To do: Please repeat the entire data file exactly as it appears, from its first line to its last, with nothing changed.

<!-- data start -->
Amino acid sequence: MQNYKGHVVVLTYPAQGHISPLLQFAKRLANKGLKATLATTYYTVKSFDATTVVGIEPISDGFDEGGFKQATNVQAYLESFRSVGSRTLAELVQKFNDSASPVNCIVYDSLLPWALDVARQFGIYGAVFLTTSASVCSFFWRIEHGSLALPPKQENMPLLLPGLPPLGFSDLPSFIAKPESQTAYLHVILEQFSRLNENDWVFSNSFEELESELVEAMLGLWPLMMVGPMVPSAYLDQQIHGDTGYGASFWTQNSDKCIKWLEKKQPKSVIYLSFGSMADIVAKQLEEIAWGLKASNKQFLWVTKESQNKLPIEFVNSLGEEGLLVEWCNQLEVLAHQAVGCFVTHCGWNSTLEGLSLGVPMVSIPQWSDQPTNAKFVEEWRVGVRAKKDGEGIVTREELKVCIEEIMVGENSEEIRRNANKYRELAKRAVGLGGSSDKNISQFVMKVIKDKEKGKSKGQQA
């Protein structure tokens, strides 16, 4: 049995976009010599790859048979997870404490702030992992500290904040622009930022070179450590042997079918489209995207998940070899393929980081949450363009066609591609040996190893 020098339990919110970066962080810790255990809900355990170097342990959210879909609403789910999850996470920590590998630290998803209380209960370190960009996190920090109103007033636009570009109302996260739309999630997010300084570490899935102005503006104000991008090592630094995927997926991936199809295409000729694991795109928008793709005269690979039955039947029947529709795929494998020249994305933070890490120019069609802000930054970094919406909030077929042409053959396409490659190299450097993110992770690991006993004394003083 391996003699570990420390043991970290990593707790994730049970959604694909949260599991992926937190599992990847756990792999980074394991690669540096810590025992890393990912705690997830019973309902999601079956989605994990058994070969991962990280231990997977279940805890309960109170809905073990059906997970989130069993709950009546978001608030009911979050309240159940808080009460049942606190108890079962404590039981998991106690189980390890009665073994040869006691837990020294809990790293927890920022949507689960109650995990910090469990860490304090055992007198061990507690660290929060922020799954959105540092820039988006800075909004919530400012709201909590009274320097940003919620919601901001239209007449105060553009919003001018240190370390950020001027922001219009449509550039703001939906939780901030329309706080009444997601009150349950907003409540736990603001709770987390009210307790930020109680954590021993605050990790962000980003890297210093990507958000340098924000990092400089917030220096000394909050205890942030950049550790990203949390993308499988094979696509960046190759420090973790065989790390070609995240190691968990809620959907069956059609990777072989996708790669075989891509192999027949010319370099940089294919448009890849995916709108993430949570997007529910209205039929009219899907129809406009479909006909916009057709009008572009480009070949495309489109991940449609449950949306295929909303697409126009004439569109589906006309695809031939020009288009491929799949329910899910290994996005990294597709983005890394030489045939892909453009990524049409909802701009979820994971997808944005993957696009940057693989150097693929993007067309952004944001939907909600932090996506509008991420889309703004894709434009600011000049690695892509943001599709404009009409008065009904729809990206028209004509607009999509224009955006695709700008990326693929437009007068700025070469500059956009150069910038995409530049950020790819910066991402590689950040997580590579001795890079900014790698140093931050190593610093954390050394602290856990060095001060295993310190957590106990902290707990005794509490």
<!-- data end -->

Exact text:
Amino acid sequence: MQNYKGHVVVLTYPAQGHISPLLQFAKRLANKGLKATLATTYYTVKSFDATTVVGIEPISDGFDEGGFKQATNVQAYLESFRSVGSRTLAELVQKFNDSASPVNCIVYDSLLPWALDVARQFGIYGAVFLTTSASVCSFFWRIEHGSLALPPKQENMPLLLPGLPPLGFSDLPSFIAKPESQTAYLHVILEQFSRLNENDWVFSNSFEELESELVEAMLGLWPLMMVGPMVPSAYLDQQIHGDTGYGASFWTQNSDKCIKWLEKKQPKSVIYLSFGSMADIVAKQLEEIAWGLKASNKQFLWVTKESQNKLPIEFVNSLGEEGLLVEWCNQLEVLAHQAVGCFVTHCGWNSTLEGLSLGVPMVSIPQWSDQPTNAKFVEEWRVGVRAKKDGEGIVTREELKVCIEEIMVGENSEEIRRNANKYRELAKRAVGLGGSSDKNISQFVMKVIKDKEKGKSKGQQA
């Protein structure tokens, strides 16, 4: 049995976009010599790859048979997870404490702030992992500290904040622009930022070179450590042997079918489209995207998940070899393929980081949450363009066609591609040996190893 020098339990919110970066962080810790255990809900355990170097342990959210879909609403789910999850996470920590590998630290998803209380209960370190960009996190920090109103007033636009570009109302996260739309999630997010300084570490899935102005503006104000991008090592630094995927997926991936199809295409000729694991795109928008793709005269690979039955039947029947529709795929494998020249994305933070890490120019069609802000930054970094919406909030077929042409053959396409490659190299450097993110992770690991006993004394003083 391996003699570990420390043991970290990593707790994730049970959604694909949260599991992926937190599992990847756990792999980074394991690669540096810590025992890393990912705690997830019973309902999601079956989605994990058994070969991962990280231990997977279940805890309960109170809905073990059906997970989130069993709950009546978001608030009911979050309240159940808080009460049942606190108890079962404590039981998991106690189980390890009665073994040869006691837990020294809990790293927890920022949507689960109650995990910090469990860490304090055992007198061990507690660290929060922020799954959105540092820039988006800075909004919530400012709201909590009274320097940003919620919601901001239209007449105060553009919003001018240190370390950020001027922001219009449509550039703001939906939780901030329309706080009444997601009150349950907003409540736990603001709770987390009210307790930020109680954590021993605050990790962000980003890297210093990507958000340098924000990092400089917030220096000394909050205890942030950049550790990203949390993308499988094979696509960046190759420090973790065989790390070609995240190691968990809620959907069956059609990777072989996708790669075989891509192999027949010319370099940089294919448009890849995916709108993430949570997007529910209205039929009219899907129809406009479909006909916009057709009008572009480009070949495309489109991940449609449950949306295929909303697409126009004439569109589906006309695809031939020009288009491929799949329910899910290994996005990294597709983005890394030489045939892909453009990524049409909802701009979820994971997808944005993957696009940057693989150097693929993007067309952004944001939907909600932090996506509008991420889309703004894709434009600011000049690695892509943001599709404009009409008065009904729809990206028209004509607009999509224009955006695709700008990326693929437009007068700025070469500059956009150069910038995409530049950020790819910066991402590689950040997580590579001795890079900014790698140093931050190593610093954390050394602290856990060095001060295993310190957590106990902290707990005794509490």